Economy Bank of England mustn’t dally over next rate hike

Bank of England mustn’t dally over next rate hike

Ian McCafferty, a member of the Bank of England’s Monetary Policy Committee poses for a photograph at the Bank of England in London, Britain, April 9, 2018.

The Bank of England should not delay raising interest rates again, one of its top policymakers said, pointing to the possibility of faster pay rises and the recent strong pick-up in the world economy.

Ian McCafferty told Reuters that after lagging behind inflation for much of the past decade, wage growth might prove stronger than most of his colleagues thought, adding to pressure on inflation that is running above the BoE’s target.

“We shouldn’t dally when it comes to tightening policy modestly,” McCafferty, one of two members of the nine-strong Monetary Policy Committee who voted for a rate rise last month, said in an interview.

The BoE raised rates for the first time in more than a decade in November, saying that Britain, while growing more slowly than other rich countries because of the impact of the 2016 Brexit vote, was more prone to inflation than in the past.

Three months later, in February, the BoE said it would probably need to raise rates a bit earlier and by somewhat more than it had previously signaled, pushing up the value of sterling and leaving investors betting on a rate hike in May.

McCafferty said he could not be certain about whether to vote again for a rate rise until May’s policy meeting, but there had been no data or Brexit developments so far to make him think he was wrong in March to vote to raise rates to 0.75 percent.

The former chief economic adviser to the Confederation of British Industry has been in the minority of BoE policymakers pushing for a rate hike previously in the past four years.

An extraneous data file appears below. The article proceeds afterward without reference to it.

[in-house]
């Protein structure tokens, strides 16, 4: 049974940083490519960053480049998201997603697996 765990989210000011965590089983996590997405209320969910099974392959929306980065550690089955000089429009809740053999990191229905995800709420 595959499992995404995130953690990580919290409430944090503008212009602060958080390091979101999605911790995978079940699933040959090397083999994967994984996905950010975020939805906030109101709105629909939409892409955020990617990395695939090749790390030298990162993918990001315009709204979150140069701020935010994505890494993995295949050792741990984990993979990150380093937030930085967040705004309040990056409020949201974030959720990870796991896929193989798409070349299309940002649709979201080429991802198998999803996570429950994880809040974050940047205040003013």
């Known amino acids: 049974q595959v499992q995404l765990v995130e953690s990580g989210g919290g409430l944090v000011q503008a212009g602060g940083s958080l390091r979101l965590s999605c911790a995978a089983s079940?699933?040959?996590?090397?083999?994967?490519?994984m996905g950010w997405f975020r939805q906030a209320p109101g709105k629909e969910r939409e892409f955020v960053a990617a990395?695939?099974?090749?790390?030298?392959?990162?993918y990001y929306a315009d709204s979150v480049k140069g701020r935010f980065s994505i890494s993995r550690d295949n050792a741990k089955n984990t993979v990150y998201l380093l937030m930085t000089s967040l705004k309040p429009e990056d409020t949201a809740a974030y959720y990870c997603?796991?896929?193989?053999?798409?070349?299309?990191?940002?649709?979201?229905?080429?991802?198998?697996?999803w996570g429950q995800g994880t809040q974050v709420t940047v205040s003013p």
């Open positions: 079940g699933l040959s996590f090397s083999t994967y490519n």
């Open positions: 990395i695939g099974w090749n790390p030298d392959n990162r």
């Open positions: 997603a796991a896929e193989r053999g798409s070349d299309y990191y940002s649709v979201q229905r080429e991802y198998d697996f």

Speaking in his office in the BoE on Monday, adorned with books on the economy and a framed page of The Times newspaper with a headline about inflation, McCafferty said that as well as the boost from the world economy’s strong recovery, he thought there was now no slack left in Britain’s labor market.

Unemployment at its lowest rate since 1975, skill shortages and signs that employers were resorting to higher wage offers to lure staff from rival firms or stop them from leaving would also create inflation pressure.

“It’s not wages suddenly bursting away, but it gives you a modest upside risk,” said McCafferty, whose term at the central bank ends in August.

And the “jury is still out” on whether the inflationary hit from the fall in the value of the pound after the Brexit vote in 2016 would fade as quickly as expected, he said.

“On balance, those three arguments give me some potential modest upside risks to the (inflation) forecasts,” McCafferty said.

While the BoE had been wrong in the past about wages finally gaining momentum, labor market surveys so far this year showed that the recent recovery in the headline rate of growth of pay to nearly 3 percent looked more sustainable this time, he said.


Often called one of the BoE’s most hawkish policymakers, McCafferty said there had been a case for following up November’s rate move with another hike as early as February.

But he held off to avoid surprising households who had been told by the BoE that it plans to raise rates only gradually.

McCafferty said he did not think the BoE should provide more detailed guidance on the future level of rates, such as the individual forecasts given by U.S. central bankers.

“My worry as a forecaster always has been that when we make a forecast it is taken as absolute certainty, gospel truth,” he said.

Typically the BoE indicates its thinking by giving forecasts for inflation based on rates staying unchanged and based on the path expected by financial markets. If the BoE forecasts above-target inflation, that shows rates may need to rise.

Last month Gertjan Vlieghe, a fellow MPC member, was unusually specific when he said he expected rates to rise by 0.25-0.50 percentage points a year for the next three years.

On Brexit, McCafferty said British exporters remained in “a sweet spot”, helped by the weakness of the pound while concerns that they might lose business with supply chain customers elsewhere in the EU had so far proven overdone.

But there were signs that British companies were wary about making long-term investments, and potential Brexit stumbling blocks would remain, he said.

“That’s going to be a permanent feature of the landscape,” McCafferty said.

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